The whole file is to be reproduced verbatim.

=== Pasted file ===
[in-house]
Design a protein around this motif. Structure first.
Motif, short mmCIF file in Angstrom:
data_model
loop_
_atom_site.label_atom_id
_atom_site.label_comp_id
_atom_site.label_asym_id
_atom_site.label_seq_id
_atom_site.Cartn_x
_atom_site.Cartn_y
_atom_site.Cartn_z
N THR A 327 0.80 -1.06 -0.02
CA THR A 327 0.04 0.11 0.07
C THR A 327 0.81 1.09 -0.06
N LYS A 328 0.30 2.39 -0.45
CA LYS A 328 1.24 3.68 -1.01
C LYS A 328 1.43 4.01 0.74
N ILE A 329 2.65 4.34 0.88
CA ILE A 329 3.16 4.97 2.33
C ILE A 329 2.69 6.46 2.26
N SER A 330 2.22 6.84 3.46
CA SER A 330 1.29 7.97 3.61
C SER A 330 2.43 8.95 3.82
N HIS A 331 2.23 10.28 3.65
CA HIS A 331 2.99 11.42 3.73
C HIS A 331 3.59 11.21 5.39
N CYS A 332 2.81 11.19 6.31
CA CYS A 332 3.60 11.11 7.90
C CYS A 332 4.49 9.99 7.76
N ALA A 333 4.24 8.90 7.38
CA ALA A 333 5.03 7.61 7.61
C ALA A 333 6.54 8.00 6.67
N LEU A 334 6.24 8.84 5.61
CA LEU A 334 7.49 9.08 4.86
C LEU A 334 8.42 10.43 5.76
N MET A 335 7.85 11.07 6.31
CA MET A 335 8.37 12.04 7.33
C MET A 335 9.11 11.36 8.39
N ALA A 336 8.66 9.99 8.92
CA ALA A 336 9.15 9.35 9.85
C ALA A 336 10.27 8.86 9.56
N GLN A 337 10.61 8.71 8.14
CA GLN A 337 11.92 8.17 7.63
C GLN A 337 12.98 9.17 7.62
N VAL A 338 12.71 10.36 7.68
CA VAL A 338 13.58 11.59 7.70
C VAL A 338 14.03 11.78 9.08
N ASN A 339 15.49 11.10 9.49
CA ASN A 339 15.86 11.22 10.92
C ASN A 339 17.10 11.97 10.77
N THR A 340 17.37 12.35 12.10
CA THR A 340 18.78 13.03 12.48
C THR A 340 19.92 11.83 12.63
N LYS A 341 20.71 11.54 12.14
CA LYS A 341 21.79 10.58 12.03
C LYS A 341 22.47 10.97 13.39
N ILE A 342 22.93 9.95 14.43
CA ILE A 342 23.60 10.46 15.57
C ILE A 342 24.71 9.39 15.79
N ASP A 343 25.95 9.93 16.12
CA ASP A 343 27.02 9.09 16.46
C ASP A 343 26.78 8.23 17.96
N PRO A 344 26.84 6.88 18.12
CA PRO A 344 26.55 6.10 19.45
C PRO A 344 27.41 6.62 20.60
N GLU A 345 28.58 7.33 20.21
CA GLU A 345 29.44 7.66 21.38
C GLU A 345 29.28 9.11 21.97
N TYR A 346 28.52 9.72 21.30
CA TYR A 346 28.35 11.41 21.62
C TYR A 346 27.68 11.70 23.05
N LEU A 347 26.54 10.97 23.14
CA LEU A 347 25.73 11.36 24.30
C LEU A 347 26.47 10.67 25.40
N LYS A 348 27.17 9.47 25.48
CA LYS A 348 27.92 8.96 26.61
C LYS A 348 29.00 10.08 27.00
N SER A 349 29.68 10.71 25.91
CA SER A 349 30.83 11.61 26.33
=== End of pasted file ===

[in-house]
Design a protein around this motif. Structure first.
Motif, short mmCIF file in Angstrom:
data_model
loop_
_atom_site.label_atom_id
_atom_site.label_comp_id
_atom_site.label_asym_id
_atom_site.label_seq_id
_atom_site.Cartn_x
_atom_site.Cartn_y
_atom_site.Cartn_z
N THR A 327 0.80 -1.06 -0.02
CA THR A 327 0.04 0.11 0.07
C THR A 327 0.81 1.09 -0.06
N LYS A 328 0.30 2.39 -0.45
CA LYS A 328 1.24 3.68 -1.01
C LYS A 328 1.43 4.01 0.74
N ILE A 329 2.65 4.34 0.88
CA ILE A 329 3.16 4.97 2.33
C ILE A 329 2.69 6.46 2.26
N SER A 330 2.22 6.84 3.46
CA SER A 330 1.29 7.97 3.61
C SER A 330 2.43 8.95 3.82
N HIS A 331 2.23 10.28 3.65
CA HIS A 331 2.99 11.42 3.73
C HIS A 331 3.59 11.21 5.39
N CYS A 332 2.81 11.19 6.31
CA CYS A 332 3.60 11.11 7.90
C CYS A 332 4.49 9.99 7.76
N ALA A 333 4.24 8.90 7.38
CA ALA A 333 5.03 7.61 7.61
C ALA A 333 6.54 8.00 6.67
N LEU A 334 6.24 8.84 5.61
CA LEU A 334 7.49 9.08 4.86
C LEU A 334 8.42 10.43 5.76
N MET A 335 7.85 11.07 6.31
CA MET A 335 8.37 12.04 7.33
C MET A 335 9.11 11.36 8.39
N ALA A 336 8.66 9.99 8.92
CA ALA A 336 9.15 9.35 9.85
C ALA A 336 10.27 8.86 9.56
N GLN A 337 10.61 8.71 8.14
CA GLN A 337 11.92 8.17 7.63
C GLN A 337 12.98 9.17 7.62
N VAL A 338 12.71 10.36 7.68
CA VAL A 338 13.58 11.59 7.70
C VAL A 338 14.03 11.78 9.08
N ASN A 339 15.49 11.10 9.49
CA ASN A 339 15.86 11.22 10.92
C ASN A 339 17.10 11.97 10.77
N THR A 340 17.37 12.35 12.10
CA THR A 340 18.78 13.03 12.48
C THR A 340 19.92 11.83 12.63
N LYS A 341 20.71 11.54 12.14
CA LYS A 341 21.79 10.58 12.03
C LYS A 341 22.47 10.97 13.39
N ILE A 342 22.93 9.95 14.43
CA ILE A 342 23.60 10.46 15.57
C ILE A 342 24.71 9.39 15.79
N ASP A 343 25.95 9.93 16.12
CA ASP A 343 27.02 9.09 16.46
C ASP A 343 26.78 8.23 17.96
N PRO A 344 26.84 6.88 18.12
CA PRO A 344 26.55 6.10 19.45
C PRO A 344 27.41 6.62 20.60
N GLU A 345 28.58 7.33 20.21
CA GLU A 345 29.44 7.66 21.38
C GLU A 345 29.28 9.11 21.97
N TYR A 346 28.52 9.72 21.30
CA TYR A 346 28.35 11.41 21.62
C TYR A 346 27.68 11.70 23.05
N LEU A 347 26.54 10.97 23.14
CA LEU A 347 25.73 11.36 24.30
C LEU A 347 26.47 10.67 25.40
N LYS A 348 27.17 9.47 25.48
CA LYS A 348 27.92 8.96 26.61
C LYS A 348 29.00 10.08 27.00
N SER A 349 29.68 10.71 25.91
CA SER A 349 30.83 11.61 26.33